Maintaining integrated friendships past a certain age is more struggle than triumph…. [and] since leaving high school, I have not had many nor actively sought opportunities to make friends with white people…. When you are 9, or 12, or 17, it is easy to overlook racist comments…. At 25 or 32, it is harder to overlook the inevitable racially ignorant comment that will come, especially when you have had access to friendships where this is never an issue.

I am racially ignorant. I have no clue about how to maintain white hair – it seems fairly simple from this side, but apparently it requires constant touching and manipulating. I don’t know what it’s like to be plagued by white guilt; or to be hated for “stealing our good men”; or to have to prove I’m not a sheet-wearing bigot. Neither do I know what it’s like for the world to assume that all I’m good for is maintaining the lawns. Or that I’m secretly building explosives. Or that my parents own a nail salon. God, I would hate to be the one Asian kid who is bad at math! I do, however, know what it’s like to experience hate, and fear… and I know I don’t enjoy either.

You see, somewhere along the way, I learned to see the Blind side. I realized that we are all blissfully ignorant of one another. And racism, for me, is choosing to stay in our ignorance, preferring it over learning about the person on the other side. I learned that by being friends with other people. I am not afraid to say that I have a very racially charged relationship with my best friend. How could we openly talk about everything if we didn’t admit our ignorance of one another? She now knows not to touch any black person’s hair without asking and to keep all comments from being asinine. I now know how to shop every store like a white woman. We could both be honest and hurt about situations like Ferguson. She is more readily introduce me to a hip-hop artist. I am more likely to introduce her to an American Classic. It was in the knowing, in the awkward politics, in the sometimes intense but always curious conversations that we realized we are not the world’s stereotype of us.

Although Ms. Cooper acknowledges that “interracial friendships, especially in adulthood, require a level of risk and vulnerability that many of us would rather simply not deal with. And that is perhaps one of racism’s biggest casualties“, she seemed to have determined that she is not willing to take the risk. Her decision saddens me. I have found that the risk is the best part of getting to know someone who wants to understand you as much as you seek to understand her. If we simply give up because it’s complicated then we will all indeed suffer great casualties.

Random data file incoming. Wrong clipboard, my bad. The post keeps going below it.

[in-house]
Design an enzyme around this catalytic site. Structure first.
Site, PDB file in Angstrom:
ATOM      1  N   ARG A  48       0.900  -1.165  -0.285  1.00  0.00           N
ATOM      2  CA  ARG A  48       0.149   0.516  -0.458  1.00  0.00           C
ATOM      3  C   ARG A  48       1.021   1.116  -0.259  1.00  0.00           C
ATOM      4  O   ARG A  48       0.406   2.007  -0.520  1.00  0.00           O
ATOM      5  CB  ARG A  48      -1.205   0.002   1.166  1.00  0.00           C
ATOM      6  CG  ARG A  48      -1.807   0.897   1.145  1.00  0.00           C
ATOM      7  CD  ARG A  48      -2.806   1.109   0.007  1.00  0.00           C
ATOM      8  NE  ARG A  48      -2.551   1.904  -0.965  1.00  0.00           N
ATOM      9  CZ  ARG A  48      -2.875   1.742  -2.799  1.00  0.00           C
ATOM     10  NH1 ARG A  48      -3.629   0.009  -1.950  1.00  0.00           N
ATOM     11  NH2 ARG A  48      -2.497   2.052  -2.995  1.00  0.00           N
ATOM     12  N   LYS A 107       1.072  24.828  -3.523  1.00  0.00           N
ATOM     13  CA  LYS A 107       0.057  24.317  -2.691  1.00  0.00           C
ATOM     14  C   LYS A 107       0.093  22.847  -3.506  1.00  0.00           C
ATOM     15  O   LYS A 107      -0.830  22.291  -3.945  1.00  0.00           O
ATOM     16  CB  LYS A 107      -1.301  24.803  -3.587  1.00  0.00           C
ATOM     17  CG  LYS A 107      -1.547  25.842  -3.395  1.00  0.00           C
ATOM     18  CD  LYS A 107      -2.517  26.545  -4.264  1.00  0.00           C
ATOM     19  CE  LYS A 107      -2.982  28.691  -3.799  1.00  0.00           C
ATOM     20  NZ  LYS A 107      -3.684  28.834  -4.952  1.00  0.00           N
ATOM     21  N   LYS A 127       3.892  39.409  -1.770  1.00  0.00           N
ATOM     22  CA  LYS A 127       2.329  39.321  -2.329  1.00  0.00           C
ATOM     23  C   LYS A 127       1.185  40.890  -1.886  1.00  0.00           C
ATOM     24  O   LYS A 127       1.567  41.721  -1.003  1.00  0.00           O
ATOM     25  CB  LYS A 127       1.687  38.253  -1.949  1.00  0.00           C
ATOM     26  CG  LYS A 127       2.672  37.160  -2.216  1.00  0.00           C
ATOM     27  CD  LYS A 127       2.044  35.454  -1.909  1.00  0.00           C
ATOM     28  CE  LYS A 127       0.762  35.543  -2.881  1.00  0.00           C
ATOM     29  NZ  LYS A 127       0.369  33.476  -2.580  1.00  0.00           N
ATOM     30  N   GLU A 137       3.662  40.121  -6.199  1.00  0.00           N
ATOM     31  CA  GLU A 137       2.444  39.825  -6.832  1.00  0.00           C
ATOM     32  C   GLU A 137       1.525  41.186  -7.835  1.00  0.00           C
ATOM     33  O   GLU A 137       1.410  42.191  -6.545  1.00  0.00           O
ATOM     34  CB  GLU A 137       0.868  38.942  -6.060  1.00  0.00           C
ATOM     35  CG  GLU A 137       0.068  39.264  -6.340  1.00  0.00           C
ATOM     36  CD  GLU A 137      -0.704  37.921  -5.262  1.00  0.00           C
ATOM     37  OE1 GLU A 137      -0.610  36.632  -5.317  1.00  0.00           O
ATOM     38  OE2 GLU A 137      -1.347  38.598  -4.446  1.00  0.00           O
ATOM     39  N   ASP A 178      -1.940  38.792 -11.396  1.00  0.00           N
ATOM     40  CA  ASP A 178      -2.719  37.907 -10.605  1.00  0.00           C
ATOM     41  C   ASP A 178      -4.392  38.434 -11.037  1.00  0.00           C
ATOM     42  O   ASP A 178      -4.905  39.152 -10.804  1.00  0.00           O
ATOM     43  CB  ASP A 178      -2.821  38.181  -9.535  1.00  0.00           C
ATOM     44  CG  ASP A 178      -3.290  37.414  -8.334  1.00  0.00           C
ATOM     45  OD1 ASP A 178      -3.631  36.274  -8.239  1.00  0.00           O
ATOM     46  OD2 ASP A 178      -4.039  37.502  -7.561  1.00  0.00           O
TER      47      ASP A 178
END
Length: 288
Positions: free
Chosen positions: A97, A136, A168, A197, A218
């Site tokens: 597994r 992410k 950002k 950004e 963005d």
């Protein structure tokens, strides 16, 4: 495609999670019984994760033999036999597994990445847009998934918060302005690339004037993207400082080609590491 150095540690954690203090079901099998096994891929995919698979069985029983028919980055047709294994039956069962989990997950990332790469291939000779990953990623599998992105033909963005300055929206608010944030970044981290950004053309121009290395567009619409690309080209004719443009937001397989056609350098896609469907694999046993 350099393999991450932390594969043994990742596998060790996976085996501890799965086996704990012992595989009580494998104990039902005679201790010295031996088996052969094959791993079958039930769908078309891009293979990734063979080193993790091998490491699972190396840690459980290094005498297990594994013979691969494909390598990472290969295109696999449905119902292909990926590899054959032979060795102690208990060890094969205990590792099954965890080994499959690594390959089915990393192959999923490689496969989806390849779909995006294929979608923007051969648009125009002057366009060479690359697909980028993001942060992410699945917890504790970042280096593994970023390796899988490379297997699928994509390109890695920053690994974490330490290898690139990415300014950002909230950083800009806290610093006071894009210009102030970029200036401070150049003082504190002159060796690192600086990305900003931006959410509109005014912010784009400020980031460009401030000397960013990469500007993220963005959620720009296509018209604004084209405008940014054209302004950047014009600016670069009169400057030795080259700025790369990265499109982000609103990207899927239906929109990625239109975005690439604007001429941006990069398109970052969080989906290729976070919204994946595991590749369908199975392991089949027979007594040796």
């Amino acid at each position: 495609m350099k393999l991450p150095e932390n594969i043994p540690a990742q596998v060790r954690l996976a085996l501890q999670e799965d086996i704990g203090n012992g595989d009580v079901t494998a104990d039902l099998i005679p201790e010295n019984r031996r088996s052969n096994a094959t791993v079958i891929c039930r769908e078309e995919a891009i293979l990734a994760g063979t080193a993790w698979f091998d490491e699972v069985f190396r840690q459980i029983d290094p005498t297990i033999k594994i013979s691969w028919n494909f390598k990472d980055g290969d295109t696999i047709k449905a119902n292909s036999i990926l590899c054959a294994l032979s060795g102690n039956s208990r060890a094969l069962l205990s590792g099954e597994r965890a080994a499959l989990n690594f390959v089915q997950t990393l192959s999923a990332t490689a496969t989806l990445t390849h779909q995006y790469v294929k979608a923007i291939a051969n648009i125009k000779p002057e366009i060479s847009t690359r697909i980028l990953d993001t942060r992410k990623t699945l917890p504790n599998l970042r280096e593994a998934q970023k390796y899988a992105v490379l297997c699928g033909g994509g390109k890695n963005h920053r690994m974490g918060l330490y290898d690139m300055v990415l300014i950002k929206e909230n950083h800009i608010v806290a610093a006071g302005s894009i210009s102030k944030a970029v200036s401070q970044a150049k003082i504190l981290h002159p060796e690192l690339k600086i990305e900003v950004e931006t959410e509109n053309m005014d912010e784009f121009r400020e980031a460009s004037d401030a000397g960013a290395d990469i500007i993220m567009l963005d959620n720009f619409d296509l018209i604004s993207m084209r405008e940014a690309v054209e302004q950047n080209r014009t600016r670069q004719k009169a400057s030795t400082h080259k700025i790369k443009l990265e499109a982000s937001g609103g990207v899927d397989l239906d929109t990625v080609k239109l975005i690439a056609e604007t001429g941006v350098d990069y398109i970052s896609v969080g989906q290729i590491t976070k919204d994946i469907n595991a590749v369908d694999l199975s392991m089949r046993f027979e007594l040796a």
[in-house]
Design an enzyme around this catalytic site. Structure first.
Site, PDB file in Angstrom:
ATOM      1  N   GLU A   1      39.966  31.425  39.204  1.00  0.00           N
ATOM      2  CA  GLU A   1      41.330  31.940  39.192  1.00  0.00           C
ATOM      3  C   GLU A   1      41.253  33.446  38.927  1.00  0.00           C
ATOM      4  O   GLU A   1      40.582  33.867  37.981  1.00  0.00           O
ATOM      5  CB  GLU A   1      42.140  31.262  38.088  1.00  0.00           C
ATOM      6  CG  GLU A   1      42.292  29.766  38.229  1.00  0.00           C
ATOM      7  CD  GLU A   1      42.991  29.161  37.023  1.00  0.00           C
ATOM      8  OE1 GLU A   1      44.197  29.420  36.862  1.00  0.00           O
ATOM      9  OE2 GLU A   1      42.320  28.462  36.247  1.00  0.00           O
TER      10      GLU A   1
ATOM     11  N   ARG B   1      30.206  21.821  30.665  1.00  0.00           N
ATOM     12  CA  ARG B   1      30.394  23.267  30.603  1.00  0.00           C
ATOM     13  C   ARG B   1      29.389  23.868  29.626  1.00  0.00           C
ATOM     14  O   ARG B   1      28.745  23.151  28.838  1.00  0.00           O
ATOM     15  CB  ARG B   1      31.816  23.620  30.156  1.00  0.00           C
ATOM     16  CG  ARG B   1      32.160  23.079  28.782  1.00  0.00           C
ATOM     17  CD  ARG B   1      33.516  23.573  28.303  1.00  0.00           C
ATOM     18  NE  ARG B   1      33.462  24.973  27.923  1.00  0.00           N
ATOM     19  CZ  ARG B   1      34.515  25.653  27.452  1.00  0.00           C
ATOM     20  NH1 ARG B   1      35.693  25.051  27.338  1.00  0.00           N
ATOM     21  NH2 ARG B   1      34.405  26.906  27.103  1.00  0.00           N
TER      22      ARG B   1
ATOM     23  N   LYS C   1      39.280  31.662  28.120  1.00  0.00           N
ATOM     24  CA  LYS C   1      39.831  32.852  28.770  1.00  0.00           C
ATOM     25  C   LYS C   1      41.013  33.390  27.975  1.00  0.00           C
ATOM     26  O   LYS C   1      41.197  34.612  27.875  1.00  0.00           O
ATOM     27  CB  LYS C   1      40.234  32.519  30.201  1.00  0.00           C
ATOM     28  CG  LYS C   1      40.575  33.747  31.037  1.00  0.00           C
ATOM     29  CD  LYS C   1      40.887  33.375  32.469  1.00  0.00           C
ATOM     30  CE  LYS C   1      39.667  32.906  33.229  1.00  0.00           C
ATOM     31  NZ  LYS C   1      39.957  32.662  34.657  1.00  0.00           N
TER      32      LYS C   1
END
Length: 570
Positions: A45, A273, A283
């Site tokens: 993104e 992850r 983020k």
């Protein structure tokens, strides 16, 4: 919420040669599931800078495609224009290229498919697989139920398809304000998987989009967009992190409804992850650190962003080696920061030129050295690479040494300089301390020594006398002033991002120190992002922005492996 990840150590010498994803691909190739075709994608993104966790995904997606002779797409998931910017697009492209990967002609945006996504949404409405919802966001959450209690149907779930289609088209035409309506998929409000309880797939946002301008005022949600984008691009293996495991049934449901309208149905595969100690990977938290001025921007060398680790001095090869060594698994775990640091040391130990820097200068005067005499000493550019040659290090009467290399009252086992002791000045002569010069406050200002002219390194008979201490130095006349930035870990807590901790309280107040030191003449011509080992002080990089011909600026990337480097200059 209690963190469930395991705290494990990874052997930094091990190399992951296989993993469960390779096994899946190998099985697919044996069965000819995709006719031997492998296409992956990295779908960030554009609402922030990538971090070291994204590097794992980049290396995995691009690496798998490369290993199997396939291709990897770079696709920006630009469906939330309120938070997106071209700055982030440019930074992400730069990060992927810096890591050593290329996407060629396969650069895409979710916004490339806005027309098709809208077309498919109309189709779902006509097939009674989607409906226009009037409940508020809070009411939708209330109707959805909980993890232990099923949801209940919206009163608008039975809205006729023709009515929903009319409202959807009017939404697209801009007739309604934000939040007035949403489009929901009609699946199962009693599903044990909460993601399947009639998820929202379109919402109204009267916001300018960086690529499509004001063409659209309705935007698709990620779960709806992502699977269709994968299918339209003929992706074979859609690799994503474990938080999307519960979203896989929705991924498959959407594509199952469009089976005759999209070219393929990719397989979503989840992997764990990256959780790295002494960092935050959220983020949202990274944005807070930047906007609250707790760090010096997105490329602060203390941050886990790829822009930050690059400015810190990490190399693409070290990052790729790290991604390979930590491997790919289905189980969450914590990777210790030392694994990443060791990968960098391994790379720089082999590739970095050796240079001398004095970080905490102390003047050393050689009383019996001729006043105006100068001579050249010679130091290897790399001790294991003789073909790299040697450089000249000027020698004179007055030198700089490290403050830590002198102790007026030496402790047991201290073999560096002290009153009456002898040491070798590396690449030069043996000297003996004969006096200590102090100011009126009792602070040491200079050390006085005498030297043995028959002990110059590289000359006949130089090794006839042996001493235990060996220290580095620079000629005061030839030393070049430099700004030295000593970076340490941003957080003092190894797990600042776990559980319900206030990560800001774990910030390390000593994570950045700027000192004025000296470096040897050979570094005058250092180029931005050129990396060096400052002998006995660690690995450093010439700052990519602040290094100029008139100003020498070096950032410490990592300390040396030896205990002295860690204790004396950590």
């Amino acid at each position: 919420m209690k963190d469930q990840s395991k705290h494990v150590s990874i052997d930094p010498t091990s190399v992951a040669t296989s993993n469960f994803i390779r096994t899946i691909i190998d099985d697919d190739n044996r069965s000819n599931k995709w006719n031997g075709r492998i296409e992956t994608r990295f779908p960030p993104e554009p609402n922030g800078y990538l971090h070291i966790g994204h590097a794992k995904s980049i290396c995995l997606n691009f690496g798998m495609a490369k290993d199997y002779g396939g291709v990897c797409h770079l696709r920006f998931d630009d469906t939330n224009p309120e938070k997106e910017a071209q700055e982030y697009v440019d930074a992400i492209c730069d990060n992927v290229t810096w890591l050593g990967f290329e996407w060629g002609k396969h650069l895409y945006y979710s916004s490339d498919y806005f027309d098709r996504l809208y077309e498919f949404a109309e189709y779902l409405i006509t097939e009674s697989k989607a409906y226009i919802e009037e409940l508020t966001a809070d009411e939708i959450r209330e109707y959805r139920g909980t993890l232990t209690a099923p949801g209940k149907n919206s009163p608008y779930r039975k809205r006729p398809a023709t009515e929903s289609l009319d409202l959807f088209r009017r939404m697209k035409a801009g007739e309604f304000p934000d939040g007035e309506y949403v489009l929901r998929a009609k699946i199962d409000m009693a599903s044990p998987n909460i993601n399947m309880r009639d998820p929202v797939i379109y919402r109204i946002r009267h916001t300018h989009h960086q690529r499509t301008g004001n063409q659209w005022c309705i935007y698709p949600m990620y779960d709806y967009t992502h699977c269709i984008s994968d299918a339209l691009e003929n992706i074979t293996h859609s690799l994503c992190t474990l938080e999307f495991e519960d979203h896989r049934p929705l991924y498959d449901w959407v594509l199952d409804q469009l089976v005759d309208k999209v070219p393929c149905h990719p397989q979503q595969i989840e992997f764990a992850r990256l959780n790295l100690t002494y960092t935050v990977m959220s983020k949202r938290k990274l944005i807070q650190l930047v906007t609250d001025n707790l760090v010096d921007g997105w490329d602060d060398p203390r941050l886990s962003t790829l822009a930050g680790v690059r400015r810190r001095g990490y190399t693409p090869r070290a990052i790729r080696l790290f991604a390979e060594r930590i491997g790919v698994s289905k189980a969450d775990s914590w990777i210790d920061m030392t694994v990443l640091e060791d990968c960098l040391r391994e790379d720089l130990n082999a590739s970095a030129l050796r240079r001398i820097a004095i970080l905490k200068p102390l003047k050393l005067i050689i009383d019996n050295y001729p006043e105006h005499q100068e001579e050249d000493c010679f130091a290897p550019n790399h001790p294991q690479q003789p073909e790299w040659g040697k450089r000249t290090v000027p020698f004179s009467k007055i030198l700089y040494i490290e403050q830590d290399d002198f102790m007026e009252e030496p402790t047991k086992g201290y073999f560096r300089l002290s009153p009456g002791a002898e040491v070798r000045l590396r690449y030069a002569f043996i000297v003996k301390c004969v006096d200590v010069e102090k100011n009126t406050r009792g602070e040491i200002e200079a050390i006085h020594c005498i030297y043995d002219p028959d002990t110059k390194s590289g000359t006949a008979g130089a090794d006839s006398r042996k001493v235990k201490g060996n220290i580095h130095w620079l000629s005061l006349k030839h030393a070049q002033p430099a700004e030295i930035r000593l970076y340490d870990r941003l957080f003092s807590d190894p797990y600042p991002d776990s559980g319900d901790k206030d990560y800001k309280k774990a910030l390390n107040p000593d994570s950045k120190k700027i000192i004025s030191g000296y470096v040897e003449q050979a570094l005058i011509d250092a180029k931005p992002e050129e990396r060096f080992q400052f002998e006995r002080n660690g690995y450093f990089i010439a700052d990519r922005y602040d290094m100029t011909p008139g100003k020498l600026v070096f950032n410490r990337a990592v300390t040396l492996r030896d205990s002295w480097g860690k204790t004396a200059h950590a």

~that’s life… in no particular order

Talking About Nothing

We talk about the overtly biased media,
We talk about one people group’s uncivilized response to another’s barbaric action,
We talk about politicizing racial tension,
We talk about this leader’s comment versus that one,
We talk about justice. Ha.
But no one wants to talk about the larger issue.
It was a life.
They were all lives!
Lives with hopes and dreams and aspirations.
Lives that mothers loved and fathers cared for.
Lives that touched someone, somewhere.
Lives… like my brothers… like your son.
That should mean something.
But no, no one wants to comment on that.
We spend our breath talking about nothing.

~that’s life… in no particular order

Love of a Jealous Kind

I built another temple to a stranger
I gave away my heart to the rushing wind
I set my course to run right into danger
Sought the company of fools instead of friends

You know I’ve been unfaithful
Lovers in lines
While you’re turning over tables with the rage of a jealous kind
I chose the gallows to the aisle
Thought that love would never find
Hanging ropes will never keep you
And your love of a jealous kind
Love of a jealous kind

Trying to jump away from rock that keeps on spreading
For solace in the shift of the sinking sand
I’d rather feel the pain all too familiar
Than to be broken by a lover I don’t understand
‘Cause I don’t understand

One hundred other lovers, more, one hundred other altars
If I should slow my pace and finally subject me to grace
And love that shames the wise, betrays the heart’s deceit and lies
And breaks the back of foolish pride

Jars of Clay

~that’s life… in no particular order